Drone Deaths v. Broken Windows

Nat Parry

Recent public opinion surveys reveal somewhat disjointed attitudes toward the legitimacy of violence, with Americans on one hand embracing violent policies as they pertain to assassinating suspected terrorists, and on the other rejecting the use of violent protests against police brutality.

In one recent poll, nearly three-quarters of respondents said that it’s acceptable for the U.S. to use unmanned aerial drones to kill American citizens abroad if they are suspected of having joined a terrorist organization. The survey, conducted by the Associated Press and GfK in the days following President Barack Obama’s public apology for a CIA drone strike in Pakistan that inadvertently killed American Warren Weinstein and Italian Giovanni Lo Porto, found that only 13 percent oppose the use of drones in this respect, with six in ten supporting the practice of assassinating terror suspects without due process.

Although some have criticized the wording of the survey, such as Dan Froomkin and Jon Schwarz noting at The Intercept that the AP itself acknowledged that it did not include questions about collateral damage, it nevertheless provides a fairly strong indication of public support for a policy that since 2002 has killed more than 1,000 civilians in hundreds of strikes against Pakistan, Yemen, Somalia and Afghanistan. A similar poll conducted last year also found most Americans were “inclined to support the government in its lethal attacks on citizens and non-citizens it deems to be terrorists.”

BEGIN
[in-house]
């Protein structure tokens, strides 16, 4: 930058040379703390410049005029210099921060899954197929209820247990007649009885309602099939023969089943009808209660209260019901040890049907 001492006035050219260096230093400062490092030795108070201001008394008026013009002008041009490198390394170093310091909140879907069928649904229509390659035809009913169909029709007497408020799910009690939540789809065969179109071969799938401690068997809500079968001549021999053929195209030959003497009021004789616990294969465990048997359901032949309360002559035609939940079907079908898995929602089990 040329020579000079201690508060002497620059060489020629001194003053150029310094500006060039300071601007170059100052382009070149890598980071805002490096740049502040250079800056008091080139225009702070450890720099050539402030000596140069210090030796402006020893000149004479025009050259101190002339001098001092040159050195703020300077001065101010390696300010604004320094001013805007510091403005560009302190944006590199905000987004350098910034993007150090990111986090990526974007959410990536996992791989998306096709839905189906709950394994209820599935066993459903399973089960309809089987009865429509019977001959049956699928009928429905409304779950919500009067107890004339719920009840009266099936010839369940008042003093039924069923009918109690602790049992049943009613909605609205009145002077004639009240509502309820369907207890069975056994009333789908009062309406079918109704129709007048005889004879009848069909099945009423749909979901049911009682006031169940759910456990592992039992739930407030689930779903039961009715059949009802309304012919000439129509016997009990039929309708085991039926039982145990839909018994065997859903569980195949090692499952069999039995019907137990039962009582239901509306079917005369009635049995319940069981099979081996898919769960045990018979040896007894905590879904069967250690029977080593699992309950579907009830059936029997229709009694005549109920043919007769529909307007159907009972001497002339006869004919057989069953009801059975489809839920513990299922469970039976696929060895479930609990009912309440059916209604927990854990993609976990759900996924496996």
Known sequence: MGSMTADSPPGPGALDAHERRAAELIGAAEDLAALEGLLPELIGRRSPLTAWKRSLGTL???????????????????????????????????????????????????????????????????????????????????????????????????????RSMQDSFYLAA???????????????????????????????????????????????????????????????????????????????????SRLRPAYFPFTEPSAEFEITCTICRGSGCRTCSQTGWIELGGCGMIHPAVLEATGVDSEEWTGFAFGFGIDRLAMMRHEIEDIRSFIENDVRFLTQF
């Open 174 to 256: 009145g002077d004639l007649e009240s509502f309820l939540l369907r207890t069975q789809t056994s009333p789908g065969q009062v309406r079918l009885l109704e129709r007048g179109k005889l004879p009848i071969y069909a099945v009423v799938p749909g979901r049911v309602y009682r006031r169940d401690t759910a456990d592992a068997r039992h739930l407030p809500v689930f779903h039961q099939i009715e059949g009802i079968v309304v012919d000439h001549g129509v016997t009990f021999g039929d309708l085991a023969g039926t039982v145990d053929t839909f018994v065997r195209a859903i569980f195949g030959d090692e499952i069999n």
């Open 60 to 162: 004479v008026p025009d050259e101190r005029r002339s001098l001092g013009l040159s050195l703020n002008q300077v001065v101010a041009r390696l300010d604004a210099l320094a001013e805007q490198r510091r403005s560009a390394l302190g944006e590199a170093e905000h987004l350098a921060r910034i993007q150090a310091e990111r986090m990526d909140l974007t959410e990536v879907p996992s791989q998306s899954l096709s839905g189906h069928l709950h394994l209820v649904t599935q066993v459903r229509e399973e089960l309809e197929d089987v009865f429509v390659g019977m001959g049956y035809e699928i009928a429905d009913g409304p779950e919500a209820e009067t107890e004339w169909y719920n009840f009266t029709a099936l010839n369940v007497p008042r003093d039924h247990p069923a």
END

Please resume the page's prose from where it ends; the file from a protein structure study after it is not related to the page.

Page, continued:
With this sort of broad support for the government’s liberal use of lethal force, one might assume that the American public generally agrees that violence is a legitimate recourse in response to potential threats or sources of injustice. But while six in ten Americans consider legitimate the use of drone strikes to kill U.S. citizens without being charged or tried, a virtually identical number considers illegitimate the use of riots to protest police brutality.

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